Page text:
The toning shoe lie

Skip the ugly toning shoe: it isn't effective
Source: Wikimedia Commons

We really got duped.  Last month, Reebok agreed to pay a $25 million fine for falsely advertising the benefits of its ever popular toning shoes.

The FTC slapped the fine on the company, stating, “National advertisers...must exercise some responsibility and ensure that their claims for fitness gear are supported by sound science.”

I never bought the shoes, but I was certainly intrigued by them.  Designed by a NASA scientist who applied the concept of unstable surfaces to recruit muscle fibers, it seemed like these shoes might have some merit.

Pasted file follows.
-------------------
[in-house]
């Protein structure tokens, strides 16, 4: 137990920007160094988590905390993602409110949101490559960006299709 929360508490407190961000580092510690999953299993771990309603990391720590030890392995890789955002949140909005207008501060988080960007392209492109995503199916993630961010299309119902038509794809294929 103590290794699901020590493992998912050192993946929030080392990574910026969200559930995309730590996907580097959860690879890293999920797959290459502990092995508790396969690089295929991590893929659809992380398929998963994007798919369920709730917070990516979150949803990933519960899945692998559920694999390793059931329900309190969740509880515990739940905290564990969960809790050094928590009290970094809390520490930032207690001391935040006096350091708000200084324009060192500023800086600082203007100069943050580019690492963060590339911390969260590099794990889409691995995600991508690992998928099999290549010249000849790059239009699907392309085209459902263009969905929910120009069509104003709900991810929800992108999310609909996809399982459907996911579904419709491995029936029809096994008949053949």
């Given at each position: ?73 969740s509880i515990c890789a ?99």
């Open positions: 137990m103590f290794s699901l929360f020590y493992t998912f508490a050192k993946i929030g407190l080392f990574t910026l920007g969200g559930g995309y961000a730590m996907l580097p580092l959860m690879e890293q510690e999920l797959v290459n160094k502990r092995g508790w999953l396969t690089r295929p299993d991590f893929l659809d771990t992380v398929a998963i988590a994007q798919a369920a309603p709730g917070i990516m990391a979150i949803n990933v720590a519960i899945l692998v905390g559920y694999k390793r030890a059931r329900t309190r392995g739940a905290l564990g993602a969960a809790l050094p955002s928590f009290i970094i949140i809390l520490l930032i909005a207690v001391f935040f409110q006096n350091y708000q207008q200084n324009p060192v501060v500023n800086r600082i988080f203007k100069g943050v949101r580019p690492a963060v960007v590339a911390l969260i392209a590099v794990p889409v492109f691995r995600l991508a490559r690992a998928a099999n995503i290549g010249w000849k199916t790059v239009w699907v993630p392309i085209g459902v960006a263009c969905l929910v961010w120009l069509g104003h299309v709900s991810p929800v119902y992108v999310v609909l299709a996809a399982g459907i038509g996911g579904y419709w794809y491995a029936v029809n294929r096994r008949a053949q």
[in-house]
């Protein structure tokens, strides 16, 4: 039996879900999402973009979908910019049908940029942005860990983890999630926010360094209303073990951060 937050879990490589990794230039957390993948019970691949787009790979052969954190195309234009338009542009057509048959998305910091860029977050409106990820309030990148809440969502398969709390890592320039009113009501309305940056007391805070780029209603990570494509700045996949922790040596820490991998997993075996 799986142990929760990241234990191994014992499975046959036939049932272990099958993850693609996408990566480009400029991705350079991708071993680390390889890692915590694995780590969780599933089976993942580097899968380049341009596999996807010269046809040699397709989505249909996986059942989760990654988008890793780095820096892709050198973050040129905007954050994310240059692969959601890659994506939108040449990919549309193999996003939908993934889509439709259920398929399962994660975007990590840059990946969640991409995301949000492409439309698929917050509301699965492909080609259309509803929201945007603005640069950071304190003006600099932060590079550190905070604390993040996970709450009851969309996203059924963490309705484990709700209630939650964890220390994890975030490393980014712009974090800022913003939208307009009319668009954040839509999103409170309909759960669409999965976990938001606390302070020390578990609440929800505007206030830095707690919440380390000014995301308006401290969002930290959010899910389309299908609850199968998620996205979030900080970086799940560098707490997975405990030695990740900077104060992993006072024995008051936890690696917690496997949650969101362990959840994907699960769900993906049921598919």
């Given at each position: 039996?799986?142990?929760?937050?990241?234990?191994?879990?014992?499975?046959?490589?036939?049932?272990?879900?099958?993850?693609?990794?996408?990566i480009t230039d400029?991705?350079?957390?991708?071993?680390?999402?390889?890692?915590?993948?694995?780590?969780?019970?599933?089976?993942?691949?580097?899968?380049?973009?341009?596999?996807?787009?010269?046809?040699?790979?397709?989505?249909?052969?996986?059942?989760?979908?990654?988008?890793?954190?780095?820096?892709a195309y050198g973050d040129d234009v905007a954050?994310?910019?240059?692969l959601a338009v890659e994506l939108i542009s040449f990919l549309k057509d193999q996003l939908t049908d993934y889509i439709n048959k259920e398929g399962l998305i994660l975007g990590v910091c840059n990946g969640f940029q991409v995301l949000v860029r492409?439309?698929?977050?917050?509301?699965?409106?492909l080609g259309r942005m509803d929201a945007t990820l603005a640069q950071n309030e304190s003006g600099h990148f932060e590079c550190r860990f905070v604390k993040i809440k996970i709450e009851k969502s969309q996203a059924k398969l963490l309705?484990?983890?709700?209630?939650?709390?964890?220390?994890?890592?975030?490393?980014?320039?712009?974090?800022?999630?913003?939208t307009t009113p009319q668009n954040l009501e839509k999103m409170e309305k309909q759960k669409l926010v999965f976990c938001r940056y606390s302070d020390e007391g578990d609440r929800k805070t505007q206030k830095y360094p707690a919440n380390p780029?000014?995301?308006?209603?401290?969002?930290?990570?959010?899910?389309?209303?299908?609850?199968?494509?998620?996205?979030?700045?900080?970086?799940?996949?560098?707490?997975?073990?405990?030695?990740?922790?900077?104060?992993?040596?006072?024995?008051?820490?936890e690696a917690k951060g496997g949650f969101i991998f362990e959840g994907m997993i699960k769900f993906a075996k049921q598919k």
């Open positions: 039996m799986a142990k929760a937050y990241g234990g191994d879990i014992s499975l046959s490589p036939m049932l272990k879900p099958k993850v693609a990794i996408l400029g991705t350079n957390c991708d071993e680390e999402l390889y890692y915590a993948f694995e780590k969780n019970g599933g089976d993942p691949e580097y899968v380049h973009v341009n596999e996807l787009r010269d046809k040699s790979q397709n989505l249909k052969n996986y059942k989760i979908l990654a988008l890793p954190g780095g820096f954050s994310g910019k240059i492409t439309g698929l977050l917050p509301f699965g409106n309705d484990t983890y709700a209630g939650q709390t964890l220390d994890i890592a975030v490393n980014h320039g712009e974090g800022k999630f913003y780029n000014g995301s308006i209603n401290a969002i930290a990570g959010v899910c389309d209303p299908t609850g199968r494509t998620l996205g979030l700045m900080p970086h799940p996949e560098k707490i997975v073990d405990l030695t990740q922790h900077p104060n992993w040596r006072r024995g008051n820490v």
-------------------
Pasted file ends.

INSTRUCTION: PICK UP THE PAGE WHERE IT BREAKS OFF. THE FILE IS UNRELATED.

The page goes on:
I guess it's good to know the FTC has our back.  Another benefit?  We can again take to our errands sporting cute flats without feeling guilt for prioritizing fashion over a great butt-blasting workout.

If you bought a pair, never mind.  Consider yourself an inquisitive, health-minded individual who decided to try something new.  The greatest minds try many things: they keep what works and quickly lose those that don't.  Put the shoes away or submit this claim to get a refund.

Now get thee to the store to buy something adorable that puts a spring in your step.  Then start stepping, the good old-fashioned way.

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